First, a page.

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November 2019 Begin Within Lunch & Learn Guests

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Look Good on Your Army AIM 2.0 Resume

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Career Coaching for High Performers

Career Coaching for High Performers


by | Aug 7, 2016 | Self Care | 0 comments

Trust: Belief in the reliability and character of another

Trust is something that you either have for a person or you do not. Trustworthy people are generous, kind and have integrity. Trust is inherent, it lies within the depths of your soul and you do not have to cultivate it. Trust is based on a person’s character and not their behavior, all people make mistakes no matter how upstanding their character is, hence why trust is character based and not behavior based—a mistake is a behavior. If you have to question whether a person is trustworthy go with your gut, they are not trustworthy to you.

The only successful relationships are based on this foundational level of trust, with absolutely no questions asked about the character and trustworthiness of the other party. Knowing that a person is not perfect, will make mistakes and disappoint you is the key.

Romantically, the only man who I have ever had this level of trust with is my husband, he makes mistakes all the time, as do I. We miscommunicate and do things wrong, emotionally we feel the behaviors of the other but it does not impact character. Ultimately I know that my husband is a trustworthy man with morale, solid character and high esteem, I know that he will never cross me intentionally. Letdowns do happen but they never allow me to question the trust I have for my husband.

The ultimate measure of trust is knowing that you would still trust a person if they messed up.

I hate the mentalities people hold surrounding trust, ‘innocent until proven guilty’ … ‘once trust is broken you have to earn it back’ … ‘I’ve been hurt before, I’m not letting down my wall for fear of being hurt again’ … ‘there’s nobody that I can trust’ … ‘I have to do everything myself’ …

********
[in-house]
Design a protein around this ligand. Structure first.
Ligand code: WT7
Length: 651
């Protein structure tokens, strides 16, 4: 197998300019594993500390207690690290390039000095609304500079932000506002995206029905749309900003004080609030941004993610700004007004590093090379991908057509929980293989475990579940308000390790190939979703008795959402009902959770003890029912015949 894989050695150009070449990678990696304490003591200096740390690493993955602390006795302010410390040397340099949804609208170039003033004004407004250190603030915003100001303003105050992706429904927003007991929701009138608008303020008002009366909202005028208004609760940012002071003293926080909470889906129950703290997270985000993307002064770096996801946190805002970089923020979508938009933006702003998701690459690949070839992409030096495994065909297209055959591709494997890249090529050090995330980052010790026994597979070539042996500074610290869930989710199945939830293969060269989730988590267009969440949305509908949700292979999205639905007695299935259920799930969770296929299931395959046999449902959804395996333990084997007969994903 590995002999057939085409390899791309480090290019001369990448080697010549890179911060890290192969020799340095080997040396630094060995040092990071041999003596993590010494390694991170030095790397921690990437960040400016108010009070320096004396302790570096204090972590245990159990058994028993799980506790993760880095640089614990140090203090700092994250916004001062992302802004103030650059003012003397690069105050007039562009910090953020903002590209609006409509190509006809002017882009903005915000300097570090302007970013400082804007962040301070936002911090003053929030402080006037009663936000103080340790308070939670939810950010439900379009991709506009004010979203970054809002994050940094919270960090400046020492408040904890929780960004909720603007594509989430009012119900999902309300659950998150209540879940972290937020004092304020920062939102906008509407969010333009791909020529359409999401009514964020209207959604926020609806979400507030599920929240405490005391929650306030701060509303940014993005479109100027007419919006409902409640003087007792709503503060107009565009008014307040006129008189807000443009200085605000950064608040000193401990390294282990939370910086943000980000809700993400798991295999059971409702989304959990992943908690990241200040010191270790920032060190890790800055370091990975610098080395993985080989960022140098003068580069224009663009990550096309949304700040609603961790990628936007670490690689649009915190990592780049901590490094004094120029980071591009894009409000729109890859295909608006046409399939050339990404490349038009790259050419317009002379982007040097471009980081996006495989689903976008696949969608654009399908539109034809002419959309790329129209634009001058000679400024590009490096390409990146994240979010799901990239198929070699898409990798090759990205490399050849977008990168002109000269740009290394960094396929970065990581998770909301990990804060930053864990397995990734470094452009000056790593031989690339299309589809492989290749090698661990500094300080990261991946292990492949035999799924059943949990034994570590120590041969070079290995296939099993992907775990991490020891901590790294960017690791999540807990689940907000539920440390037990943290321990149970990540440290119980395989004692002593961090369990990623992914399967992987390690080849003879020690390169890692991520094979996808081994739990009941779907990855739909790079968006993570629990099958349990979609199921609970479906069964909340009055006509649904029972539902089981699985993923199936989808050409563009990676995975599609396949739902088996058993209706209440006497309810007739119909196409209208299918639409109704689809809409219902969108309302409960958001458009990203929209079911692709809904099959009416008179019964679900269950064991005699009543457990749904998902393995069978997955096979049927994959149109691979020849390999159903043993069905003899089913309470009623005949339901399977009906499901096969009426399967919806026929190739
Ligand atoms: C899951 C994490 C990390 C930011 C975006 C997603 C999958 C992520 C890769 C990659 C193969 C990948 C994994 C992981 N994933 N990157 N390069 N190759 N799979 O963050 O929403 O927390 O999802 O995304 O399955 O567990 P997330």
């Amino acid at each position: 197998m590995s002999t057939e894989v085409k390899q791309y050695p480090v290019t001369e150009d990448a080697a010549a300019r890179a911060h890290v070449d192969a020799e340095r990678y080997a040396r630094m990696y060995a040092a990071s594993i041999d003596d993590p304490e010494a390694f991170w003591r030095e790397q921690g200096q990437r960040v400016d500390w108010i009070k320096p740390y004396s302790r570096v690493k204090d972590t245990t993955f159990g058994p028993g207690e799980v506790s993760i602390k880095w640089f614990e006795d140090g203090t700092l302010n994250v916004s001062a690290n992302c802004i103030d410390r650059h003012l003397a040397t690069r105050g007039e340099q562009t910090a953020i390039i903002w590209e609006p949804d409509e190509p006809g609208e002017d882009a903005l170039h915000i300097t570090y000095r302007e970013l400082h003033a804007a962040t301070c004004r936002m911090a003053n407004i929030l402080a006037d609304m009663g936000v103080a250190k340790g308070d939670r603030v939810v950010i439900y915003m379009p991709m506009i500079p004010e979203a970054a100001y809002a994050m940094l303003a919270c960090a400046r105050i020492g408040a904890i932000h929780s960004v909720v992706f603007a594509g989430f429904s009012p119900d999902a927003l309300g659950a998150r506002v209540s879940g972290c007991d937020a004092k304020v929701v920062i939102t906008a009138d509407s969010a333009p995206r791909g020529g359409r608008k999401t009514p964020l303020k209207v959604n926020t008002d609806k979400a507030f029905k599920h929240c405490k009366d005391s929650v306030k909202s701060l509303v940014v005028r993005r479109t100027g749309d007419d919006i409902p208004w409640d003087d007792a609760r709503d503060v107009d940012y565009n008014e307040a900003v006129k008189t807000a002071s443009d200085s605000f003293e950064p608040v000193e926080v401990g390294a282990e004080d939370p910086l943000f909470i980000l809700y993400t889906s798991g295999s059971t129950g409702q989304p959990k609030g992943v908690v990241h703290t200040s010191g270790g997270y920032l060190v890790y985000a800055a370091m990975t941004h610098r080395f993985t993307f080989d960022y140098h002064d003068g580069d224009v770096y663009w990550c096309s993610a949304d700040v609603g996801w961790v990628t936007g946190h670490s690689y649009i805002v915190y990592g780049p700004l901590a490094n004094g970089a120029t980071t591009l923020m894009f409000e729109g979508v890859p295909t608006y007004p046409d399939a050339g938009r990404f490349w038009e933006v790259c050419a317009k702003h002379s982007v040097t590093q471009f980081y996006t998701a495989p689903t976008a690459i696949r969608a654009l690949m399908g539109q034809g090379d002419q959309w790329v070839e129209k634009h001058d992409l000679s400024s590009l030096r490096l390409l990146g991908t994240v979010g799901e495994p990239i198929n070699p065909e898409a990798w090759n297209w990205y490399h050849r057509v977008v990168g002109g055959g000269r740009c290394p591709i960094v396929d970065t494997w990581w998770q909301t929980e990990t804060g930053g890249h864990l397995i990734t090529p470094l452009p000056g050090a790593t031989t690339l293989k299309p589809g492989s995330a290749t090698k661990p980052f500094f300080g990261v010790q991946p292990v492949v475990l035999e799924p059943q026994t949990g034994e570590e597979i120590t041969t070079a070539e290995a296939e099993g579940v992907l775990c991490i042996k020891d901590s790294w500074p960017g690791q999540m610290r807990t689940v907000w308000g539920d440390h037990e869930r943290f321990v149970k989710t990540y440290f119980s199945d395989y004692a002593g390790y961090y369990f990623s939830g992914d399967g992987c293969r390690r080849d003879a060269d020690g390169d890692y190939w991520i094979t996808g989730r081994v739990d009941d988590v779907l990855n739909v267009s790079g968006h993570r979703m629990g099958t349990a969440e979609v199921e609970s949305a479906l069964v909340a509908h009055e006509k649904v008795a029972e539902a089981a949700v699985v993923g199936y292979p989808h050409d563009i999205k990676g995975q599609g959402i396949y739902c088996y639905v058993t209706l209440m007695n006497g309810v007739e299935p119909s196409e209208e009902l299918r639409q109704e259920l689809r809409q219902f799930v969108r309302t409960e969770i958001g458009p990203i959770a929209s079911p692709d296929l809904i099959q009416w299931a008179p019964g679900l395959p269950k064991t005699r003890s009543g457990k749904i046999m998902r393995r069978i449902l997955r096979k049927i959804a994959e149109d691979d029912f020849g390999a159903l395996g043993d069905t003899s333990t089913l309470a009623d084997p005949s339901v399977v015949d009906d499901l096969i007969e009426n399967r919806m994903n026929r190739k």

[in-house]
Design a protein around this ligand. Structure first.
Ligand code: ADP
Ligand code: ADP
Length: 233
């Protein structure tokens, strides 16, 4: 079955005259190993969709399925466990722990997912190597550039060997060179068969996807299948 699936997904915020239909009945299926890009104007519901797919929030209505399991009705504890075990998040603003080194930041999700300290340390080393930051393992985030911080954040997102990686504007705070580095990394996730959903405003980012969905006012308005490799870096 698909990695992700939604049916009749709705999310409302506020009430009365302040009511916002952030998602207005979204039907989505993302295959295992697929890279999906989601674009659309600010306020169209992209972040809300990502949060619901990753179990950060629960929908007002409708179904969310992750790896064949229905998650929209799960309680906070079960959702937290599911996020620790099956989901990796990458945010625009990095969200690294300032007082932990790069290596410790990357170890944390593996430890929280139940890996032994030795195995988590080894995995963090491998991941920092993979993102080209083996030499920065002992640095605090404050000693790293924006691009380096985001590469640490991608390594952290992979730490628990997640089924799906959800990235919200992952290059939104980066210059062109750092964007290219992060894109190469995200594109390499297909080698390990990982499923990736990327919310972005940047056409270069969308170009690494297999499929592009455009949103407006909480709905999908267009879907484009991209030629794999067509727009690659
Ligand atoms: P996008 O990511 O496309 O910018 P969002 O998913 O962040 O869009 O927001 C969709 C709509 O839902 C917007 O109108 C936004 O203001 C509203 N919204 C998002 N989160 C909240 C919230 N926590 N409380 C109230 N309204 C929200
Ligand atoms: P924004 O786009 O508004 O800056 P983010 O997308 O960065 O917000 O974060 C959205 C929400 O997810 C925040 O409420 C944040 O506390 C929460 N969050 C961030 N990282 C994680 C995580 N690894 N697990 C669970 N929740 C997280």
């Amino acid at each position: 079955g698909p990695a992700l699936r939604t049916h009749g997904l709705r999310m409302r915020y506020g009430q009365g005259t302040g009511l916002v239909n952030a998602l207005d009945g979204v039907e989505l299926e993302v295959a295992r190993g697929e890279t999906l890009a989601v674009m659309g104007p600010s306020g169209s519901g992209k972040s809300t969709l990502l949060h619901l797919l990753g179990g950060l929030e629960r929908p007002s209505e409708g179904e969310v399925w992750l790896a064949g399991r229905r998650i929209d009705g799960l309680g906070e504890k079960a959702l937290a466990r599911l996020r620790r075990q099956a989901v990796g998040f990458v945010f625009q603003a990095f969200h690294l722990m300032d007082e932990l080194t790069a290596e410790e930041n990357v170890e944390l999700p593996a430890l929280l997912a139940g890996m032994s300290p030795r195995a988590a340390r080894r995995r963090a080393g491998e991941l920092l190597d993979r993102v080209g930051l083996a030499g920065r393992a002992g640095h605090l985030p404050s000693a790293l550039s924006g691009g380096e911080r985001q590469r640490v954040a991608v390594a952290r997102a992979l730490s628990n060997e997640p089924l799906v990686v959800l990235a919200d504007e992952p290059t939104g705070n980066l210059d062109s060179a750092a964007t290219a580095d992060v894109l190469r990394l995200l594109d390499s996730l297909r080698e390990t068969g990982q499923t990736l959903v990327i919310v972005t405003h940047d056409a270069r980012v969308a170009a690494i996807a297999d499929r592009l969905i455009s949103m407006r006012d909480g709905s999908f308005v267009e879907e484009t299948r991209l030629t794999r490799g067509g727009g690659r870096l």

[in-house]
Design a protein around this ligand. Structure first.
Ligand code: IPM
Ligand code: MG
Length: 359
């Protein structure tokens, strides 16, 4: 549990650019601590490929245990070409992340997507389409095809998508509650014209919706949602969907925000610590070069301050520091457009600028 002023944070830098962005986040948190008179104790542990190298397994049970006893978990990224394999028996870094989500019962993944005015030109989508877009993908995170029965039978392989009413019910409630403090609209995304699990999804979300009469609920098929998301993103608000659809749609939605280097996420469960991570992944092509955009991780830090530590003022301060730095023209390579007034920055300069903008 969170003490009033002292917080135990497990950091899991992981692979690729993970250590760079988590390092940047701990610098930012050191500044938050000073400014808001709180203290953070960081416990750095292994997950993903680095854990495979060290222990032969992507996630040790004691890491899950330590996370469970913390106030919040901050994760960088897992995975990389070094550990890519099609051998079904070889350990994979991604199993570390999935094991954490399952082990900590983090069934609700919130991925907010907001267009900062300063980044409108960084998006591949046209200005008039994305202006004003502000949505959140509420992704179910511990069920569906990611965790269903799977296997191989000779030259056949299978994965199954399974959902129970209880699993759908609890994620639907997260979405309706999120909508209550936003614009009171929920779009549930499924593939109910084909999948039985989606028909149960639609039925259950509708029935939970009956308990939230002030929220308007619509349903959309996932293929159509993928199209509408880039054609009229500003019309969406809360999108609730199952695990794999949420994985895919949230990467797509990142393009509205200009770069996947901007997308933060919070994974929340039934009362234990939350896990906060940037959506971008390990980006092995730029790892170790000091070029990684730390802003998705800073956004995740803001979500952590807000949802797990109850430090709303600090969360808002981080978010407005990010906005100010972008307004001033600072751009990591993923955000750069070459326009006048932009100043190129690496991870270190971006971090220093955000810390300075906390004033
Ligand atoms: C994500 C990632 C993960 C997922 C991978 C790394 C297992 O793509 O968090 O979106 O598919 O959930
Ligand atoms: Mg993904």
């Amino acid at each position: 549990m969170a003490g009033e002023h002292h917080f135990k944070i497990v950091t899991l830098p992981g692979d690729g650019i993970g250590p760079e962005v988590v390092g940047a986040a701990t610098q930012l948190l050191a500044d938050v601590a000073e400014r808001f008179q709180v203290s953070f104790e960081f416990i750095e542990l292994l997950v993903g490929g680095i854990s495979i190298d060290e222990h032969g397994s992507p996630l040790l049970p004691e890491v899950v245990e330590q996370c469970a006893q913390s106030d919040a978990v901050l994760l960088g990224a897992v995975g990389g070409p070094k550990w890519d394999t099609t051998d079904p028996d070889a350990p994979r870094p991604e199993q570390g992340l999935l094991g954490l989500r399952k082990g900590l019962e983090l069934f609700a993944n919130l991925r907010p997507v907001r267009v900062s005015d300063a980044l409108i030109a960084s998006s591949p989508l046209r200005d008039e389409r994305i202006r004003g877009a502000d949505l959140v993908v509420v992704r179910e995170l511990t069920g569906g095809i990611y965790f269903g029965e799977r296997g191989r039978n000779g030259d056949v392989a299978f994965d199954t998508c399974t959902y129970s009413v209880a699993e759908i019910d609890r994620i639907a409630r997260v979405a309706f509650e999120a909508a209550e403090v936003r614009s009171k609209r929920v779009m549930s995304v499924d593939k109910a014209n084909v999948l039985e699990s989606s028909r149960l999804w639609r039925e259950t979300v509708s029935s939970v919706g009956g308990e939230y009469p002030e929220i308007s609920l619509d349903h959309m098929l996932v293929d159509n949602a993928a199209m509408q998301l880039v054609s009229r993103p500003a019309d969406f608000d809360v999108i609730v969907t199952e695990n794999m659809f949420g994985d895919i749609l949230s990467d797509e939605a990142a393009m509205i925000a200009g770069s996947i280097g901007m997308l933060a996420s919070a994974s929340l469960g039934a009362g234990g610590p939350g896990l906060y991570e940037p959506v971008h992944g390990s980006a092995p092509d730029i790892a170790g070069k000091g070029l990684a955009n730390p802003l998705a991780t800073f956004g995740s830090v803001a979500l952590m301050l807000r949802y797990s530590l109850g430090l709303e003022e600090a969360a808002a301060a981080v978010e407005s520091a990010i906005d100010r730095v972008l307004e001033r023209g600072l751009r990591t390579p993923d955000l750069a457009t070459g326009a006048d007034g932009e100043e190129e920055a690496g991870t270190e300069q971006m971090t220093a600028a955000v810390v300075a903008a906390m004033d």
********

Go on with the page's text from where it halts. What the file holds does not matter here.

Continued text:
We evolved to be communal and to rely on one another, we are born with nothing but trust for those who brought us into the world. As infants, we are incapable of independence and incapable of seeing the behavior flaws of our caregivers. When we get older we begin to read people and see those flaws, this is when we start to realize that people let us down. We start to differentiate between people who ultimately serve our well-being and people who do not.

There is validation for mistrust and I am not trying to endorse trusting everyone. My plea is for you to look at the beliefs you hold about trust and to explore your body’s visceral and latent reaction to others. Your limbic/survival brain will provide an initial response to a person and your cognitive brain will provide a more logical, delayed response. The majority of the time, you already know whether you trust someone or not upon meeting them. Use the bodily and logical cues that nature has provided and be selective in whom you trust.

The wreckage caused by untrustworthy people is prevalent and emotionally charged. Often, this is the result of forcing trust on a person who did not initially register as trustworthy to your brain and body. The impact is real and we feel intense pain as a result of people betraying our trust. Think of the people that you have surrounded yourself with; do you often hurt as a result of their character? Do you feel safe with them and understanding if mistakes are made? Are you a person who trusts too little or trusts too much?

If you are unhappy in your relationships whether romantic, friendly, work or family—the first place to look is at how you trust others. It is never too late to surround yourself with trustworthy people and to slowly crowd out people who are not.

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